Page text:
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It's not always easy coming home.

He grabbed his bag and stepped out of the cab, shutting the door behind him. Home. Finally home. He walked up the few stairs to the front door of his parent’s house. They had promised that his room would be the same, nothing touched. He turned the handle and opened the door. Complete silence, just how he remembered it. The scent of the old tapestry and the shoes in the hallway hadn’t changed. The old woodwork was the same and there were the same dents in the wall from when he was a teenager and gotten in a huge argument with his sister and kicked a hole in the wall. It was as if time had stood still, a time capsule that was made for him only. It hadn’t been more than a year, but the last time he stood here still felt like an eternity ago. He dropped his bag down on the floor and took off his shoes.

“Mom? Dad? I’m home!” He stepped into the hallway. Dead silent, not a single person in the house. He hanged up his coat and took a few more steps, like he was walking in an abandoned house in a horror movie, where you just wait for the monster to appear and attack you. The only sound was the creaking of the floorboard. “Strange,” he said to himself. He was beginning to wonder if he had walked into the wrong house. He opened the door and entered into the living room.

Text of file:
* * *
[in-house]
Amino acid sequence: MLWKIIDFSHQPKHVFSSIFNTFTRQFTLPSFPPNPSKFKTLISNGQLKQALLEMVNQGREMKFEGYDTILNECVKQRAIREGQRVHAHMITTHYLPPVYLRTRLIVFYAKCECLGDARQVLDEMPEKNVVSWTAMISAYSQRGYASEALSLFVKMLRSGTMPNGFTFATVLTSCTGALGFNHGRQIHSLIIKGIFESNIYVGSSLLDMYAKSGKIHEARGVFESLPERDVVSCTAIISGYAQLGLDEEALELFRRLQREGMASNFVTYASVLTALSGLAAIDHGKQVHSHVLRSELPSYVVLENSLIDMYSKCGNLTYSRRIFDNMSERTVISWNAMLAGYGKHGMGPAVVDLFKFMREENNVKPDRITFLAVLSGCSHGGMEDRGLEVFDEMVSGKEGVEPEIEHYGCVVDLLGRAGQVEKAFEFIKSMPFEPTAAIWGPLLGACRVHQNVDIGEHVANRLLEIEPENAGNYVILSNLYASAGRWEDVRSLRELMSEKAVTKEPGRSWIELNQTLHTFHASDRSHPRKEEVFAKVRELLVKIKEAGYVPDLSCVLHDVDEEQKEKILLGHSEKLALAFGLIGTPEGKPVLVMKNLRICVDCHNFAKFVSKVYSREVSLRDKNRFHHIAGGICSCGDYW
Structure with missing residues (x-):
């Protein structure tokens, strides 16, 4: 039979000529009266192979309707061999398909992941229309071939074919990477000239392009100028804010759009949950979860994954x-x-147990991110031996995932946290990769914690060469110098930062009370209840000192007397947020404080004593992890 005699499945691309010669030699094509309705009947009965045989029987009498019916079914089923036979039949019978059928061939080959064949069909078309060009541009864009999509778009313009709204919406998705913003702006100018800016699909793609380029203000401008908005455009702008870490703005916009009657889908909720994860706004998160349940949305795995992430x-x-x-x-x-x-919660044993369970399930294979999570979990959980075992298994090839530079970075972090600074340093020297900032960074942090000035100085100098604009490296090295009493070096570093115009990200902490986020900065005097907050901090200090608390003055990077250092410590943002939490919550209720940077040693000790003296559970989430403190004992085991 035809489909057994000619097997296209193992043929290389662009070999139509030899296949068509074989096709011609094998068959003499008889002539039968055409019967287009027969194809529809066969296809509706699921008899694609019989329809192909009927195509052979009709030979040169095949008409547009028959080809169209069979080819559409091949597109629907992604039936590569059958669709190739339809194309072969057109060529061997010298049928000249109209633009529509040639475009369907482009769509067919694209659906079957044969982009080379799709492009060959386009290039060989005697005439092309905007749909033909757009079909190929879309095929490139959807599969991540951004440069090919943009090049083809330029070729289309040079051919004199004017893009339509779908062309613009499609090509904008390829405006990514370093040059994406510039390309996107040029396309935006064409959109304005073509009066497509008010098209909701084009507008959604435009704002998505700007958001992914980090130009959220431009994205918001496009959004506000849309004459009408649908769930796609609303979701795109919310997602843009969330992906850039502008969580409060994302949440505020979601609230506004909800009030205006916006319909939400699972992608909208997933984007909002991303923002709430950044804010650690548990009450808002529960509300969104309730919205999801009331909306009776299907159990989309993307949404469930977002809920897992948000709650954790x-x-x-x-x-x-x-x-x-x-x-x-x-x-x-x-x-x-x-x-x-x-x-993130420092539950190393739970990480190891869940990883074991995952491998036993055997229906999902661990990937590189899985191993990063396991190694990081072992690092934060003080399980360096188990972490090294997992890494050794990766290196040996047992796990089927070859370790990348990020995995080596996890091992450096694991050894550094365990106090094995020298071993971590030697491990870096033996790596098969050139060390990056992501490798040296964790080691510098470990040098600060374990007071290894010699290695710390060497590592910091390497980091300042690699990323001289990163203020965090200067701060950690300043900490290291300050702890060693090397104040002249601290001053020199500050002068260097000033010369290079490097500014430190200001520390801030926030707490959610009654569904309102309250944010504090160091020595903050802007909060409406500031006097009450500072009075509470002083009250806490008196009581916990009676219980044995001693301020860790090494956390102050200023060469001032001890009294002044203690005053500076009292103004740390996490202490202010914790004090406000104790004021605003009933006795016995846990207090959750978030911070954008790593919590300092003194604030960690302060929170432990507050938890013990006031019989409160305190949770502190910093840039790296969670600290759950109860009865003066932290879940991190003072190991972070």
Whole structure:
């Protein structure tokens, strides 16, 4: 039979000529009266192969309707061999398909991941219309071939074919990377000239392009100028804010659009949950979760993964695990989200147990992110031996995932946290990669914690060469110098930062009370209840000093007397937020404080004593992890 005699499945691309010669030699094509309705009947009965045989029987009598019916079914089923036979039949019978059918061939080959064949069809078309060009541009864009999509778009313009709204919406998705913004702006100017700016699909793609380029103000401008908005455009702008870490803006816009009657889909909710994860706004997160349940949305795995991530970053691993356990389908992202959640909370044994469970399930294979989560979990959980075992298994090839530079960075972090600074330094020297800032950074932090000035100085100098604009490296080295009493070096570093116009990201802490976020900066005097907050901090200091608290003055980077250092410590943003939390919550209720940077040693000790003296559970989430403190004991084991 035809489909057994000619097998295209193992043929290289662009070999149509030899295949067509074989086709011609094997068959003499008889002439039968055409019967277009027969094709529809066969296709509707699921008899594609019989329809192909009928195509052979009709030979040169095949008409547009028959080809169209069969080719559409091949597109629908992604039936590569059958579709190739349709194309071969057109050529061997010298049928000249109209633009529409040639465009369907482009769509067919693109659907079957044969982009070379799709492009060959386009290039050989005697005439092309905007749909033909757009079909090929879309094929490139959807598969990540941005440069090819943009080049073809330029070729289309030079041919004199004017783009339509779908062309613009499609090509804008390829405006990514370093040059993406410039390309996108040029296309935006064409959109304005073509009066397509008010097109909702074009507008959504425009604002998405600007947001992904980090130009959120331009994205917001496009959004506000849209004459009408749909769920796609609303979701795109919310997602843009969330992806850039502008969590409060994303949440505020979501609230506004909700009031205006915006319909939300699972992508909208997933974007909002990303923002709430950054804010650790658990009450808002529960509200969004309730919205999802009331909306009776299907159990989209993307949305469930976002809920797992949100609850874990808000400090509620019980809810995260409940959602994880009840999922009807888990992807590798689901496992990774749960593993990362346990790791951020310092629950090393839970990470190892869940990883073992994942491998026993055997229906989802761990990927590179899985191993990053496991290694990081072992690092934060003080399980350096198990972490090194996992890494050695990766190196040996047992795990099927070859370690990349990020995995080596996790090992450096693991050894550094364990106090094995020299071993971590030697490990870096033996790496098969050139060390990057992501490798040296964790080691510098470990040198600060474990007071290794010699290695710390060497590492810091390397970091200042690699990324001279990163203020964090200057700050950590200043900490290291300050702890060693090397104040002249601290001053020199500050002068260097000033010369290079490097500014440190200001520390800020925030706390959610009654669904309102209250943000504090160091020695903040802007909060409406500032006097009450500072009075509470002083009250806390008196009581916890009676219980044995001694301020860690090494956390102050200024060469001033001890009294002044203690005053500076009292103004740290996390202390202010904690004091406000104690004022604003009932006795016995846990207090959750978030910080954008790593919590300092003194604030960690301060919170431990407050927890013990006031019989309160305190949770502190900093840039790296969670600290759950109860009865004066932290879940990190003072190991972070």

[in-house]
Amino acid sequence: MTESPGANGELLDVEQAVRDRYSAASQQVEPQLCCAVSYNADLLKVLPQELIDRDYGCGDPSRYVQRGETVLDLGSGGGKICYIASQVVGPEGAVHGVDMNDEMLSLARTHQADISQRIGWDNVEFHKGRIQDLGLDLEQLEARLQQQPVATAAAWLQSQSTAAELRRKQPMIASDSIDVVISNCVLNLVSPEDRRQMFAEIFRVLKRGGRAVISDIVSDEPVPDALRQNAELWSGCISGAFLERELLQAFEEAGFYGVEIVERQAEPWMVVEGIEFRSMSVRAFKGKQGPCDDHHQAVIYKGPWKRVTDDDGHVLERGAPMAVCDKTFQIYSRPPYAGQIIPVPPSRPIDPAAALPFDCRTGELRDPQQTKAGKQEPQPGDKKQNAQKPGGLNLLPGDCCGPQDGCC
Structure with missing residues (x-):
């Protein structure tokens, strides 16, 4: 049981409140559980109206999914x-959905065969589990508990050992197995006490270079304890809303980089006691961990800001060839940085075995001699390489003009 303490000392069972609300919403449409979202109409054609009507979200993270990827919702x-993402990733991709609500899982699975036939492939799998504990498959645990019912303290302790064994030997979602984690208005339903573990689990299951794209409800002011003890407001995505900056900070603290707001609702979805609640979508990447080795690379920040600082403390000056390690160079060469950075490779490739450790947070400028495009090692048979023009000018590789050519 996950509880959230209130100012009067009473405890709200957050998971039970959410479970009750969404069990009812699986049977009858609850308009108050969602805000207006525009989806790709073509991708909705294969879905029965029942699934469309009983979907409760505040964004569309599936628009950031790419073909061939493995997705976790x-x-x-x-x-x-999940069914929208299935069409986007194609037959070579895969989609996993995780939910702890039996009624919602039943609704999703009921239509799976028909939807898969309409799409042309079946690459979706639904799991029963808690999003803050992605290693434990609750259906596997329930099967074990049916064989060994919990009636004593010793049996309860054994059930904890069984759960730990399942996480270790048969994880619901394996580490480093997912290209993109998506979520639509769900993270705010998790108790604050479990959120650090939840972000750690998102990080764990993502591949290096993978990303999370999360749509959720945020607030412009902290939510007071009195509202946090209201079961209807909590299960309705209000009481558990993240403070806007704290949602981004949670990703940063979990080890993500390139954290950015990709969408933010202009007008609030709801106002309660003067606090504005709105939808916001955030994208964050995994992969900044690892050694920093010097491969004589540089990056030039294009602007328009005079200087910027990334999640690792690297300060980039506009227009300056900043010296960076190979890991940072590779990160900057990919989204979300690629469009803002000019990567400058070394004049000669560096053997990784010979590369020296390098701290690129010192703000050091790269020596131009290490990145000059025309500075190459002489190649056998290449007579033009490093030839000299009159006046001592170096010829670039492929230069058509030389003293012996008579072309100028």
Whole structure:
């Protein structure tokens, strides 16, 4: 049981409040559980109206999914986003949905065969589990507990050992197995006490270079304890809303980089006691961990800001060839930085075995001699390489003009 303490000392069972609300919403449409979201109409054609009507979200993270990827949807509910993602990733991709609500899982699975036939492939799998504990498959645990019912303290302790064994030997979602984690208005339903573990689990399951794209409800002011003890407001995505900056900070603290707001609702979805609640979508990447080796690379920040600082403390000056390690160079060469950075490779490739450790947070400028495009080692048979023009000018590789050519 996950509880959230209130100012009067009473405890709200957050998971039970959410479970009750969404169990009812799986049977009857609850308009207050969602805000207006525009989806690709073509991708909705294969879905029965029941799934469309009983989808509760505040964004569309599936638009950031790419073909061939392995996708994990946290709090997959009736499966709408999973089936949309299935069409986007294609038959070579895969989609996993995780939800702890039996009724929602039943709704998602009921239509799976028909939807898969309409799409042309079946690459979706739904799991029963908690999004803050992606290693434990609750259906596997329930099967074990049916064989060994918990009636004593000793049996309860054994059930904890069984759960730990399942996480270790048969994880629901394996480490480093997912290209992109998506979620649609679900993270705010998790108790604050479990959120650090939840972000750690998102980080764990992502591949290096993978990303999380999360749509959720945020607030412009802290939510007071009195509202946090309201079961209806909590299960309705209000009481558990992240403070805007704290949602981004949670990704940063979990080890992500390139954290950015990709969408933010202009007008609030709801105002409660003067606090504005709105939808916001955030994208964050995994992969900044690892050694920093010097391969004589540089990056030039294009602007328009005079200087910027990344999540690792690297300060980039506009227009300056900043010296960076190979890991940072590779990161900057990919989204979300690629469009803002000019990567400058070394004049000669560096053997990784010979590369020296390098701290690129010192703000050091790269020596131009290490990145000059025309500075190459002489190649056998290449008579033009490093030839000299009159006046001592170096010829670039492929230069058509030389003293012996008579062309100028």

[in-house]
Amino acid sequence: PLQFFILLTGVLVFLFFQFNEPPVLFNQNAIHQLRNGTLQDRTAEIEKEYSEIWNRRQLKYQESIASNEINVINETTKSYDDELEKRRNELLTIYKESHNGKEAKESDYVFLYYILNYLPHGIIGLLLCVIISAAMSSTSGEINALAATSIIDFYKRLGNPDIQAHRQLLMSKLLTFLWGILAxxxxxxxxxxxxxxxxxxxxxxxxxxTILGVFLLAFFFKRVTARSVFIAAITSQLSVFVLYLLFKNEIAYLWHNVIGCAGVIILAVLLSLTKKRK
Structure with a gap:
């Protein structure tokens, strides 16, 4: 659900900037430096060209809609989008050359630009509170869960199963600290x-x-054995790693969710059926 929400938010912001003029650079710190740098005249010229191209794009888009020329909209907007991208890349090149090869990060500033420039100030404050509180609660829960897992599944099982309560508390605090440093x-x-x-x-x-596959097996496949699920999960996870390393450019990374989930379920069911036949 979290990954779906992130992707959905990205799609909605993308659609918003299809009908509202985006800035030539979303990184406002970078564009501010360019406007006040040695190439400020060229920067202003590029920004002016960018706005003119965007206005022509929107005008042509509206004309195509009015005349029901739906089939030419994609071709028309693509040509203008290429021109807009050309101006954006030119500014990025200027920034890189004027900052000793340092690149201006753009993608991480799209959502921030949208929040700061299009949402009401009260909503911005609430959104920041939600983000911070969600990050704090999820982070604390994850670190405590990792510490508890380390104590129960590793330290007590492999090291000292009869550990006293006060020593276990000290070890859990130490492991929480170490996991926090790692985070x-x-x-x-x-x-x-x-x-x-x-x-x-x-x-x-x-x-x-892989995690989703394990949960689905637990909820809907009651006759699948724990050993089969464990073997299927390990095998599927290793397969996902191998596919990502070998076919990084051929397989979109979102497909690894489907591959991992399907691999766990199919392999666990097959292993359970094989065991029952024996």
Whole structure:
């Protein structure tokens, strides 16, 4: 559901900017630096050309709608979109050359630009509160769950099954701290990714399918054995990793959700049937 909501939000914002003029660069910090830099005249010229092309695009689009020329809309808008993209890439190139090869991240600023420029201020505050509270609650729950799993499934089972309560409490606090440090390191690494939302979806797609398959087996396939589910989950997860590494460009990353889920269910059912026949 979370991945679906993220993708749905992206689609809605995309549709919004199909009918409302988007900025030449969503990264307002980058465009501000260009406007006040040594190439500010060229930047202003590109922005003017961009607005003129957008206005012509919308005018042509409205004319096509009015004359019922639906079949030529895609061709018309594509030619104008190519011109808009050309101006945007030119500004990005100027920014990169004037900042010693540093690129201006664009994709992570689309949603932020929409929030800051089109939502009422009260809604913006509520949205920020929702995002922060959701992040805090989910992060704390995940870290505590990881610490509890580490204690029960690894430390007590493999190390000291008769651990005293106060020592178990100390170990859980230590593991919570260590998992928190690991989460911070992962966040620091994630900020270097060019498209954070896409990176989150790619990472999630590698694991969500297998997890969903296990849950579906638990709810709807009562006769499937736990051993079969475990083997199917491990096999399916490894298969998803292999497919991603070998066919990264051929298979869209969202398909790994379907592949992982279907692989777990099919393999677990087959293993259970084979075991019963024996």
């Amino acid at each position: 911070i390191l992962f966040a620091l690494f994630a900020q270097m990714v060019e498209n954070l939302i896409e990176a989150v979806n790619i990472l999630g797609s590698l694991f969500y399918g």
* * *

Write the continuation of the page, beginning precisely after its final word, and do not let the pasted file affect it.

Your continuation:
“SURPRISE!” Parents, siblings, grandparents, cousins, uncles and aunts, everyone standing there with a big smile on their face, happy to see him home safe and sound. Warm food on the table, the comfortable chairs, everything he had missed while he was gone. A banner above them all with the words “Welcome home Jim” almost brought him to tears. His mum stormed over to him and gave him a big hug, almost squeezing the air out of his lungs.

“Thank God you got home safe, baby.” Next up was his father with the typical man hug and the words “welcome home, son”. He couldn’t believe how much his sister and brother had grown in the year he was gone. Nick had gotten a deeper voice, but still wasn’t past the age where his voice tended to break every now and then. Sarah had become a young woman now. She probably was a young woman when he left, but he noticed it now. It wouldn’t be long until she’d have guys serenading her outside her bedroom window late at night. After what felt like a million of hugs to the rest they brought out the party poppers. The tiny pops followed by a rain of the rather annoying confetti. He smiled and closed his eyes.